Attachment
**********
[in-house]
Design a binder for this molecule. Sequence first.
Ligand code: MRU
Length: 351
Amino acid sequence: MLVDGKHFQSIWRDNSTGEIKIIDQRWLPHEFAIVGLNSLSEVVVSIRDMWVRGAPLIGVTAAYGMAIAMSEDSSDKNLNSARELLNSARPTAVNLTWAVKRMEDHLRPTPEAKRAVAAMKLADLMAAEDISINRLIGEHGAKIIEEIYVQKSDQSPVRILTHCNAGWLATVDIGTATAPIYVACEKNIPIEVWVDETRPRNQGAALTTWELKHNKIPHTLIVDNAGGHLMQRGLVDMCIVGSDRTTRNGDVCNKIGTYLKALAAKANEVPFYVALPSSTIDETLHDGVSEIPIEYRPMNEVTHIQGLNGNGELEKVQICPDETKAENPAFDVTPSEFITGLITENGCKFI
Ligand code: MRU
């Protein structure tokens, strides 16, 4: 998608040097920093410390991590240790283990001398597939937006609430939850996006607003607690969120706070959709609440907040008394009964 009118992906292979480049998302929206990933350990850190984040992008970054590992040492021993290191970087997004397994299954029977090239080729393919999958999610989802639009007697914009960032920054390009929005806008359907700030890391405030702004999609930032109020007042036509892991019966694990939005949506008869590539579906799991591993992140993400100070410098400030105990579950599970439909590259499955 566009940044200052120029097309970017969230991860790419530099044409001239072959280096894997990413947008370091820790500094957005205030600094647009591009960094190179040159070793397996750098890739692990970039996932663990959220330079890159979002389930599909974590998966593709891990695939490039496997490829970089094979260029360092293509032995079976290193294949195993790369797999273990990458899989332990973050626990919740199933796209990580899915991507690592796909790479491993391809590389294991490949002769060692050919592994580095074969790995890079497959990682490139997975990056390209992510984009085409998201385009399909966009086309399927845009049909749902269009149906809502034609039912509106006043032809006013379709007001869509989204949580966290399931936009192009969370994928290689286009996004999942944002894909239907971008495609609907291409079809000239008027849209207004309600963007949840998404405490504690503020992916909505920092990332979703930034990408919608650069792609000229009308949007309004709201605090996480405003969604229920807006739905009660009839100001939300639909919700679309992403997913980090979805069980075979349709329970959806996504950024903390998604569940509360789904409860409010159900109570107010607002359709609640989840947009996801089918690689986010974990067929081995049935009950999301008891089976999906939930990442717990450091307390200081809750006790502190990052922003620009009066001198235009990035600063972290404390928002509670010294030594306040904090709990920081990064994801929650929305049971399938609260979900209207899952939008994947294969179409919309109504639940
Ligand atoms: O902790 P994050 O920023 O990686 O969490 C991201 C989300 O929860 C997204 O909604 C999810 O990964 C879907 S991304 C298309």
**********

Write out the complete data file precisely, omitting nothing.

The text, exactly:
[in-house]
Design a binder for this molecule. Sequence first.
Ligand code: MRU
Length: 351
Amino acid sequence: MLVDGKHFQSIWRDNSTGEIKIIDQRWLPHEFAIVGLNSLSEVVVSIRDMWVRGAPLIGVTAAYGMAIAMSEDSSDKNLNSARELLNSARPTAVNLTWAVKRMEDHLRPTPEAKRAVAAMKLADLMAAEDISINRLIGEHGAKIIEEIYVQKSDQSPVRILTHCNAGWLATVDIGTATAPIYVACEKNIPIEVWVDETRPRNQGAALTTWELKHNKIPHTLIVDNAGGHLMQRGLVDMCIVGSDRTTRNGDVCNKIGTYLKALAAKANEVPFYVALPSSTIDETLHDGVSEIPIEYRPMNEVTHIQGLNGNGELEKVQICPDETKAENPAFDVTPSEFITGLITENGCKFI
Ligand code: MRU
């Protein structure tokens, strides 16, 4: 998608040097920093410390991590240790283990001398597939937006609430939850996006607003607690969120706070959709609440907040008394009964 009118992906292979480049998302929206990933350990850190984040992008970054590992040492021993290191970087997004397994299954029977090239080729393919999958999610989802639009007697914009960032920054390009929005806008359907700030890391405030702004999609930032109020007042036509892991019966694990939005949506008869590539579906799991591993992140993400100070410098400030105990579950599970439909590259499955 566009940044200052120029097309970017969230991860790419530099044409001239072959280096894997990413947008370091820790500094957005205030600094647009591009960094190179040159070793397996750098890739692990970039996932663990959220330079890159979002389930599909974590998966593709891990695939490039496997490829970089094979260029360092293509032995079976290193294949195993790369797999273990990458899989332990973050626990919740199933796209990580899915991507690592796909790479491993391809590389294991490949002769060692050919592994580095074969790995890079497959990682490139997975990056390209992510984009085409998201385009399909966009086309399927845009049909749902269009149906809502034609039912509106006043032809006013379709007001869509989204949580966290399931936009192009969370994928290689286009996004999942944002894909239907971008495609609907291409079809000239008027849209207004309600963007949840998404405490504690503020992916909505920092990332979703930034990408919608650069792609000229009308949007309004709201605090996480405003969604229920807006739905009660009839100001939300639909919700679309992403997913980090979805069980075979349709329970959806996504950024903390998604569940509360789904409860409010159900109570107010607002359709609640989840947009996801089918690689986010974990067929081995049935009950999301008891089976999906939930990442717990450091307390200081809750006790502190990052922003620009009066001198235009990035600063972290404390928002509670010294030594306040904090709990920081990064994801929650929305049971399938609260979900209207899952939008994947294969179409919309109504639940
Ligand atoms: O902790 P994050 O920023 O990686 O969490 C991201 C989300 O929860 C997204 O909604 C999810 O990964 C879907 S991304 C298309």